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About Facing Glory

I am learning that it takes time to see God's glory. It is always there, but when I write I tend to look for it more. And so I write this blog. It's simple, thoughtful and a glimpse of the journey I'm on. I enjoy hearing your ideas, so comment freely.
Love, Lindsay

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Thomas Moore : To live ordinary life artfully is to have this sensibility about the things in daily life, to live more intuitively and to be willing to surrender a measure of our rationality and control in return for gifts of the soul.

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Timshel

I just finished reading Steinbeck's East of Eden. I must say that it is quite an extraordinary novel with a lot of profound insight on the trappings and freedoms of humanity.
The novel was woven together with a common thread of generational sin. Steinbecks work not only relays the story of Cain and Abel, but he puts flesh and feeling to a story discussed for over a thousand years. I would like to share an enlightening excerpt and if you would like to see more context, you can read a few pages worth at http://www.timshel.org/timshel.php

Lee’s hand shook as he filled the delicate cups. He drank his down in one gulp. “Don’t you see?” he cried. “The American Standard translation orders men to triumph over sin, and you can call sin ignorance. The King James translation makes a promise in ‘Thou shalt,’ meaning that men will surely triumph over sin. But the Hebrew word, the word timshel—‘Thou mayest’— that gives a choice. It might be the most important word in the world. That says the way is open. That throws it right back on a man. For if ‘Thou mayest’—it is also true that ‘Thou mayest not.’ Don’t you see?”

“Yes, I see. I do see. But you do not believe this is divine law. Why do you feel its importance?”

“Ah!” said Lee. “I’ve wanted to tell you this for a long time. I even anticipated your questions and I am well prepared. Any writing which has influenced the thinking and the lives of innumerable people is important. Now, there are many millions in their sects and churches who feel the order, ‘Do thou,’ and throw their weight into obedience. And there are millions more who feel predestination in ‘Thou shalt.’ Nothing they may do can interfere with what will be. But ‘Thou mayest’! Why, that makes a man great, that gives him stature with the gods, for in his weakness and his filth and his murder of his brother he has still the great choice. He can choose his course and fight it through and win.” Lee’s voice was a chant of triumph.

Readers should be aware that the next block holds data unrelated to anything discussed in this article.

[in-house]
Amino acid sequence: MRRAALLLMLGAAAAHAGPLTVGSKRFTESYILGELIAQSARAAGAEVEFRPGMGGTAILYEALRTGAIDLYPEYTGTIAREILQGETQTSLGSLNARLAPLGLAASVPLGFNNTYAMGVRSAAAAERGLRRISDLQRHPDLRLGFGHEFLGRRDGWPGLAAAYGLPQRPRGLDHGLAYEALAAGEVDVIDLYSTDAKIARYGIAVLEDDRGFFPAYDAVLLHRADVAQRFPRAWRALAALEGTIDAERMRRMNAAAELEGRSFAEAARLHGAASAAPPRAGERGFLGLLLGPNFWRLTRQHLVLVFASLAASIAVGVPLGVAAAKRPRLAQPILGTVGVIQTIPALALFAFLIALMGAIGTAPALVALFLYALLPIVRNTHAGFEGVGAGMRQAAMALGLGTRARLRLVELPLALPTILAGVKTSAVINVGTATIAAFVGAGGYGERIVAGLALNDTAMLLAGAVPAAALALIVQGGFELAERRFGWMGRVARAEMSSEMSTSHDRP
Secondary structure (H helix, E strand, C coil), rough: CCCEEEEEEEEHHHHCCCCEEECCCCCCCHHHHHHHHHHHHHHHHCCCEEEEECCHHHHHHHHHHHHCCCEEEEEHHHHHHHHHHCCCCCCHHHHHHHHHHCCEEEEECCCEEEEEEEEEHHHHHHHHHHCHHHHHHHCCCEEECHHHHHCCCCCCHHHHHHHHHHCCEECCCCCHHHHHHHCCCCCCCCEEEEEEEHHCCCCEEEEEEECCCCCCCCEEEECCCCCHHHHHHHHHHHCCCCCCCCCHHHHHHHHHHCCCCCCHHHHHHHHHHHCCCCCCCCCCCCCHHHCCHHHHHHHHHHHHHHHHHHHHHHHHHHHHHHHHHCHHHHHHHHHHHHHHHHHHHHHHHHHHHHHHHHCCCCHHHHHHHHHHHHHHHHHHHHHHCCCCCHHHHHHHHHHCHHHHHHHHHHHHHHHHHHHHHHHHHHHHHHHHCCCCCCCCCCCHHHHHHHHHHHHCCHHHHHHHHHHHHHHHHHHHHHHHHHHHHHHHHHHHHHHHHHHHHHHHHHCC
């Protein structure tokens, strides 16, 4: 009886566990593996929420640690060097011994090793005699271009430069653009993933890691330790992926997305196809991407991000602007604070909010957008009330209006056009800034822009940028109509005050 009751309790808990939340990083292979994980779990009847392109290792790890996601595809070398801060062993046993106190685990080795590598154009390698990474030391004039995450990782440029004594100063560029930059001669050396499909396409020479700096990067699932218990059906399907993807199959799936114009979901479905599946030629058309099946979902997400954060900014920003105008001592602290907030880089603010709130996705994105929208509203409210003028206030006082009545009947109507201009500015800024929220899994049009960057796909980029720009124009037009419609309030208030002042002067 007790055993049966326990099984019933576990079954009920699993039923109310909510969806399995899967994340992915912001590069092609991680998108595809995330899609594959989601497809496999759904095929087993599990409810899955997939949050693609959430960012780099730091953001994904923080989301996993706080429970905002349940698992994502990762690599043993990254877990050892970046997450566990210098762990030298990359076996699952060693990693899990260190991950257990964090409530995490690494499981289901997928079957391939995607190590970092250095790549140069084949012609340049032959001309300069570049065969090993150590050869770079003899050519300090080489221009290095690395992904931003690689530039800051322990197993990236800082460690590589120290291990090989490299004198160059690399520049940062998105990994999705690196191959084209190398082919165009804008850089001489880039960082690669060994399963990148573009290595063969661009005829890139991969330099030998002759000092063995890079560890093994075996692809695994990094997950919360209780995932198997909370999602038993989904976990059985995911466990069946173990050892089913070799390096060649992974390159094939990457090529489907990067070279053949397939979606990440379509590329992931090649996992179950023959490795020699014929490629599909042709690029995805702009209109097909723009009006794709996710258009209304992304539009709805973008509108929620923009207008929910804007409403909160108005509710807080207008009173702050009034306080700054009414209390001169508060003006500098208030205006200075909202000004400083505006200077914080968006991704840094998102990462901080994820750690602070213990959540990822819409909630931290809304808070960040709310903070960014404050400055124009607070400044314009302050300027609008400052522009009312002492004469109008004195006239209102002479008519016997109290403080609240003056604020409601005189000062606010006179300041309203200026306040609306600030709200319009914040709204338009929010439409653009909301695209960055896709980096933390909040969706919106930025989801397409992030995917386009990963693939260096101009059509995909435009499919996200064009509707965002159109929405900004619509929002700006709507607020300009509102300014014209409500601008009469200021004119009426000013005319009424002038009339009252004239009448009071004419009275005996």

There is such beauty in this truth. Honestly, I could go on for hours about this one single concept in the novel. However, I found a wonderful article that very articulately explains Steinbeck's reference to this Hebrew word and the greater context of this idea.

http://www.timshellfarm.com/Timshel_Thou_Mayest.html

In light of Steinbeck's explanation, keep in mind that in the Jewish form of teaching, they do not look for iron-clad rulings on the true meaning of a text as we do in western thinking. This definition of Timsh'l is accepted by some, but others may have an equally logical application of this same chapter of the Bible. This does not make the text fallible, but rather, displays that it is alive.

For the word of God is living and active. Sharper than any double-edged sword, it penetrates even to dividing soul and spirit, joints and marrow; it judges the thoughts and attitudes of the heart.
Hebrews 4:12

Despite all of what could hold us down to sin and despair in life, there is this life giving truth to remember...'Thou mayest!'...'Timshel!' God has made a beautiful way for his children. Icons of freedom surround us in this country and we can let them remind us that we may indeed rule over sin if we choose to do so.

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